Democratic Representative for New York’s 21st congressional district Bill Owens has announced that he will not seek reelection. The 21st district is the state’s largest and most rural. It includes most of the North Country, as well as the northern suburbs of Syracuse. Owens was the first Democrat to represent the region since 1873.
In 2009, Owens, then registered as an independent, was chosen by the Democratic Party to run in a special election to fill the House seat vacated by incumbent Republican John McHugh, who was appointed Secretary of the Army. Originally, Owens faced Republican Assemblywoman Dede Scozzafava and Conservative Doug Hoffman who had failed to get the Republican Party nomination in favor of the more socially liberal Scozzafava.
High-profile conservatives, including Michelle Malkin, Sarah Palin, and Rush Limbaugh were vocal in their support for Hoffman, who also had the support of the Tea Party. Under increasing pressure from conservatives Scozzafava dropped out of the race just days before the election. The Watertown Daily Times, which had originally endorsed Scozzafava, switched its endorsement to Owens and on the same day Scozzafava endorsed Owens. Owens won 49 percent; Hoffman 45 percent, and Scozzafava six percent.
In 2010, Owens was reelected with 47.5% of the vote in a three way race against moderate Republican and Independence candidate Matthew A. Doheny and Tea Party Conservative candidate Doug Hoffman. The race was one of the closest Congressional races that year.
Owens was reelected again, narrowly, in 2012 against Doheny.
The following is a statement from Representative Bill Owens (NY-21):
“After careful thought and consideration, I have decided not to seek re-election for the 21st Congressional District this November. I have enjoyed the opportunity to travel the district, meeting and serving the families and business owners of this vast community. It has truly been a privilege to serve, and I plan on continuing to work for a brighter future for the region.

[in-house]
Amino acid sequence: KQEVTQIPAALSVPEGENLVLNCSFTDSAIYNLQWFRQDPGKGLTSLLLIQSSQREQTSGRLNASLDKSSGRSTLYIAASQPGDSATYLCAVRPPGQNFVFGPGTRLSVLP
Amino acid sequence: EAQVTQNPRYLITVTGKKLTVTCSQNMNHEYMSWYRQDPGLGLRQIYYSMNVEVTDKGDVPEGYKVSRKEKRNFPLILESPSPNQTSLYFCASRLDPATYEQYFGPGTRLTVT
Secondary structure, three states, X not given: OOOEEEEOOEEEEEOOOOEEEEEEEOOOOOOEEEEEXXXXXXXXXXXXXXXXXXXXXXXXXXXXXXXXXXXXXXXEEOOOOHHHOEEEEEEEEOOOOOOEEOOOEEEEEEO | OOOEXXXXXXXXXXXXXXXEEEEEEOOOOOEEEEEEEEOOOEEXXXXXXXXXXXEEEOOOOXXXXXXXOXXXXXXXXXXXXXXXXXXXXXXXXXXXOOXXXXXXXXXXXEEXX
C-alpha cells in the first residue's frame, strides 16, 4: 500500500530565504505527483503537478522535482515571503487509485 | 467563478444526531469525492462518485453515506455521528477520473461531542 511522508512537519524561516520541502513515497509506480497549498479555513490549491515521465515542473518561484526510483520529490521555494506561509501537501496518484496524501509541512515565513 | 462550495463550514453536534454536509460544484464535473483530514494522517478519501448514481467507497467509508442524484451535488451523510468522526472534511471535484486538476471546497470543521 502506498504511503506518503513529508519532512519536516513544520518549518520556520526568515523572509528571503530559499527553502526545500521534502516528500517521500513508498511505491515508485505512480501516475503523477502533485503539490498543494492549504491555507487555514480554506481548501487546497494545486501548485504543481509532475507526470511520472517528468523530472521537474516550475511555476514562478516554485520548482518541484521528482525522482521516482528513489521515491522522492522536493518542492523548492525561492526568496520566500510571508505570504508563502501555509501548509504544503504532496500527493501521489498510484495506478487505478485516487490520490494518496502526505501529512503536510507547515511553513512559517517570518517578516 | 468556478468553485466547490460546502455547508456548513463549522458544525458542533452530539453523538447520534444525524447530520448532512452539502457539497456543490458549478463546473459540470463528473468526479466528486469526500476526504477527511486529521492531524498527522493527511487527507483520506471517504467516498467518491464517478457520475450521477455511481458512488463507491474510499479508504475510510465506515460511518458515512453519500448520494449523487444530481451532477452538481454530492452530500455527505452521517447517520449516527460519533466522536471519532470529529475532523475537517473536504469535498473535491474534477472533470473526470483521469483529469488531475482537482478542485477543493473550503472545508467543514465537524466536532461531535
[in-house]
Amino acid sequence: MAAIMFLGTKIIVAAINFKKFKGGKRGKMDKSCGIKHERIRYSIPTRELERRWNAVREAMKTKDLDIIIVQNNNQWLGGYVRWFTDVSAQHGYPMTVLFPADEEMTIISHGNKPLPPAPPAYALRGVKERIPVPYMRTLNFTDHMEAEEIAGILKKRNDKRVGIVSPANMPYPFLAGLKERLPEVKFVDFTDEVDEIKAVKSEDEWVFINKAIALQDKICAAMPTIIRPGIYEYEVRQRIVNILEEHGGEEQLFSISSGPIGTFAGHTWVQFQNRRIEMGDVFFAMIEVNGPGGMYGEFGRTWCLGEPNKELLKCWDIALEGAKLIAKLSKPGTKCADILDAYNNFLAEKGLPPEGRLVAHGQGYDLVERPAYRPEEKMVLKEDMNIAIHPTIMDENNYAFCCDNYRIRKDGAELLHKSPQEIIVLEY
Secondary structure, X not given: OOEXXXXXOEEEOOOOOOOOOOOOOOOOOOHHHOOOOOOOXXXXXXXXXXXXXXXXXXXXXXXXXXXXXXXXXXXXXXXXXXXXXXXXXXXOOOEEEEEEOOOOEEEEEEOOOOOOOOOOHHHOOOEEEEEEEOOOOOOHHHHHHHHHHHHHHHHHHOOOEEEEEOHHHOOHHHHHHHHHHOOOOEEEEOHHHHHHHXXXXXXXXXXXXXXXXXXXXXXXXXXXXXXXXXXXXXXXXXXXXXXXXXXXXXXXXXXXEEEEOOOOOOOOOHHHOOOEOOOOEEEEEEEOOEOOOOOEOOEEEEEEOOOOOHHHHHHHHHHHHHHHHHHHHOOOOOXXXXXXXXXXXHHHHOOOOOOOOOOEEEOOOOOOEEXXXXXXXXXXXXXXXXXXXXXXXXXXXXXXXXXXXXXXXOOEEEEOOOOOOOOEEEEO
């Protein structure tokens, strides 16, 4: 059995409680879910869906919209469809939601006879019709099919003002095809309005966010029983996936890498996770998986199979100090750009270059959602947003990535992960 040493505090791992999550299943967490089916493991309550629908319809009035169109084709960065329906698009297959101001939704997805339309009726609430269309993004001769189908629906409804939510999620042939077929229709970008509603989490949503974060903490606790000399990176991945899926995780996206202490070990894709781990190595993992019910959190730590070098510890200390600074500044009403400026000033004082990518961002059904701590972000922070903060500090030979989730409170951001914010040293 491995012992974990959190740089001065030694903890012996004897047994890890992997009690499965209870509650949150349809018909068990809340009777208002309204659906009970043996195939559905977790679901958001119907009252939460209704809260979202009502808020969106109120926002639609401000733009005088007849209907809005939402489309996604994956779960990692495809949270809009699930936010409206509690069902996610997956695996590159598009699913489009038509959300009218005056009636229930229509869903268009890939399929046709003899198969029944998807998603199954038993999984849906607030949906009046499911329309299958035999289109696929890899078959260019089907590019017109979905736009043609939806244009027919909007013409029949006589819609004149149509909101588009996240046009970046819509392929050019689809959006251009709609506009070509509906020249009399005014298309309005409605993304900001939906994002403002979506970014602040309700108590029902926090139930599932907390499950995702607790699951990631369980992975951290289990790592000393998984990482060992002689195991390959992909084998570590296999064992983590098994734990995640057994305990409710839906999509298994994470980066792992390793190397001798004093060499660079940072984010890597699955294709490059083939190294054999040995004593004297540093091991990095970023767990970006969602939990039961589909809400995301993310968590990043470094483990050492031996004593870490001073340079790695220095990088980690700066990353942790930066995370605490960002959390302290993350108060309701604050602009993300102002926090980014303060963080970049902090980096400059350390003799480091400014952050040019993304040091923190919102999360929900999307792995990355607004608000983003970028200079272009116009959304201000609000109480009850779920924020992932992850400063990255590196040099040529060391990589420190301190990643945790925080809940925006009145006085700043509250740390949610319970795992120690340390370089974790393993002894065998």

My appreciation for the support of my wife, children, grandchildren and close friends cannot be sufficiently expressed in words. There are others — too numerous to list — to whom I owe a great debt of gratitude. The remainder of my term will be spent in much the same way as the previous four years: assisting constituents with their individual concerns, continuing to focus on passing a Farm Bill, helping to create jobs in our communities, working for our troops and veterans, keeping the northern border secure and fluid and being a voice in Congress for bipartisanship, as well as fact-based decision making. You can count on me to work with and for you over the remainder of my term.
It is time for me to undertake new endeavors and spend more time with my family. Even though I will not seek re-election, it is my goal that the next phase of my life will continue to focus on helping to improve the lives of all New Yorkers, primarily through job creation and economic development.
Thank you for letting me serve you since November 2009.”
Too bad, he seems like a pretty good guy.
Too bad indeed. Not flashy, thoughtful, hard working.
I agree with the first two comments. So far, the potential candidates mentioned to run for his seat make me uneasy at best.